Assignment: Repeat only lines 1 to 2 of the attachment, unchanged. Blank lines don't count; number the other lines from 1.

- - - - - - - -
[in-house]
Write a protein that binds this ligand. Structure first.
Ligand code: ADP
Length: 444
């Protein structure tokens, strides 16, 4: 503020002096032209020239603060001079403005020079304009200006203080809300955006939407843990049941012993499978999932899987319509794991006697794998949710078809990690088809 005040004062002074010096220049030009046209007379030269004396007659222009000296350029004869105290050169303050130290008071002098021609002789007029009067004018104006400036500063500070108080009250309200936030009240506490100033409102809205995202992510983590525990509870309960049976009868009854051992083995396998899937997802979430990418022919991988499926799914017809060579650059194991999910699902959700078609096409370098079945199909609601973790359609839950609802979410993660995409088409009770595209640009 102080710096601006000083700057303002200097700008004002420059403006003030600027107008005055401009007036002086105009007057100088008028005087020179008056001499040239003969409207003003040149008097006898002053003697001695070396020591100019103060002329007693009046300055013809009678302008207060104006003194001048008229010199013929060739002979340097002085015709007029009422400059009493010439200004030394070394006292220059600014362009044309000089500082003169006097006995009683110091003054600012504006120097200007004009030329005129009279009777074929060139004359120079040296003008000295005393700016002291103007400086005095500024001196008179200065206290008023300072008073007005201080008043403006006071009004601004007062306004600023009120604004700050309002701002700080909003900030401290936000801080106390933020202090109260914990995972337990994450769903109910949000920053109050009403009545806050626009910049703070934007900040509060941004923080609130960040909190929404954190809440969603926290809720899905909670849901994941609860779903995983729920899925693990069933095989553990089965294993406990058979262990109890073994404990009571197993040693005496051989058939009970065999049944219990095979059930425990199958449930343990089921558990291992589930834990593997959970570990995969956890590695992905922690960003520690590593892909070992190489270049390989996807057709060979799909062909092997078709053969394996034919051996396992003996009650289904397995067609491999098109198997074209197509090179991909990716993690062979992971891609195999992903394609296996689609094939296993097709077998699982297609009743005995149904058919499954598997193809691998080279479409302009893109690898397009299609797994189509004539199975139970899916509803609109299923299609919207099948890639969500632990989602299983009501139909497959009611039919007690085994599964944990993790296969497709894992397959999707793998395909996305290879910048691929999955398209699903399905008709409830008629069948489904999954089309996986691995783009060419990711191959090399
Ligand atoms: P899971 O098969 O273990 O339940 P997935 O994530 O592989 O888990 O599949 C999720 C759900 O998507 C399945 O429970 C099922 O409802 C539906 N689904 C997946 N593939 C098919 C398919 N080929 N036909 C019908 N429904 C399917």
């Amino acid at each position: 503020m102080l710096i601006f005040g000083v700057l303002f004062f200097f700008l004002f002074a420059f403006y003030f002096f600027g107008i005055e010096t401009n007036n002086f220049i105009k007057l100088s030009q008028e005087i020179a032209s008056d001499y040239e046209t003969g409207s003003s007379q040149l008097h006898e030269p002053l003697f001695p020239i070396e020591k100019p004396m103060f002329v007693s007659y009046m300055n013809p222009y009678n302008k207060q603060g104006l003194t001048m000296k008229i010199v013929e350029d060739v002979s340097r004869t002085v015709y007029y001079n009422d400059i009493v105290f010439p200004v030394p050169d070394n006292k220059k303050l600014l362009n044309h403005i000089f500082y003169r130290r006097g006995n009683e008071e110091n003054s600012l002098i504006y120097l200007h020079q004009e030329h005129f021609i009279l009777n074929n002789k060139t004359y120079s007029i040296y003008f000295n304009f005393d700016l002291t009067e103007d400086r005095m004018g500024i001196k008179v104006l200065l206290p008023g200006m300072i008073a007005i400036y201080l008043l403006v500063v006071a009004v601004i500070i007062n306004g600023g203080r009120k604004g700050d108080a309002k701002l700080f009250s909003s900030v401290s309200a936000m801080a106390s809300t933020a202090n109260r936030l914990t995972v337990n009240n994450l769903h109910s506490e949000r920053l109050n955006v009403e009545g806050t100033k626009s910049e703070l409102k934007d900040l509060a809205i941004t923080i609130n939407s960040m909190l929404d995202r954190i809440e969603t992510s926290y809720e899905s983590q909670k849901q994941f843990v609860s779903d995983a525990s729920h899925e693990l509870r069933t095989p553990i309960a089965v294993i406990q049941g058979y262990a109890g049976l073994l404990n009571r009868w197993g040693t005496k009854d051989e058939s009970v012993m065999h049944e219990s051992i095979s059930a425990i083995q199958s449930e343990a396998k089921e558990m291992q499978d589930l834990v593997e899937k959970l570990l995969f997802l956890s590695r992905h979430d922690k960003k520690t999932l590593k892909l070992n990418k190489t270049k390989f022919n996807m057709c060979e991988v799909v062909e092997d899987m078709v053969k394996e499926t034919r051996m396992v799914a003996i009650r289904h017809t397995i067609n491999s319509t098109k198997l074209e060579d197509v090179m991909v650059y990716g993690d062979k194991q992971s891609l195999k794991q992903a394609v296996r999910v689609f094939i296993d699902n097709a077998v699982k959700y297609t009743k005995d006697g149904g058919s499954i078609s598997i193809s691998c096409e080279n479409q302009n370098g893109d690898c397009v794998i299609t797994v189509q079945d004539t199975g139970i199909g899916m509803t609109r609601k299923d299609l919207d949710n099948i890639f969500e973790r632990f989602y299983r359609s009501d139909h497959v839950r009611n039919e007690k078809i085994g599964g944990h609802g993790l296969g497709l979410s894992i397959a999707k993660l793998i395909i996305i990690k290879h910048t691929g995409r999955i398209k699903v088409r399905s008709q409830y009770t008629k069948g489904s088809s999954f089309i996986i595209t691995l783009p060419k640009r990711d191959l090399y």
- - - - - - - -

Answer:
[in-house]
Write a protein that binds this ligand. Structure first.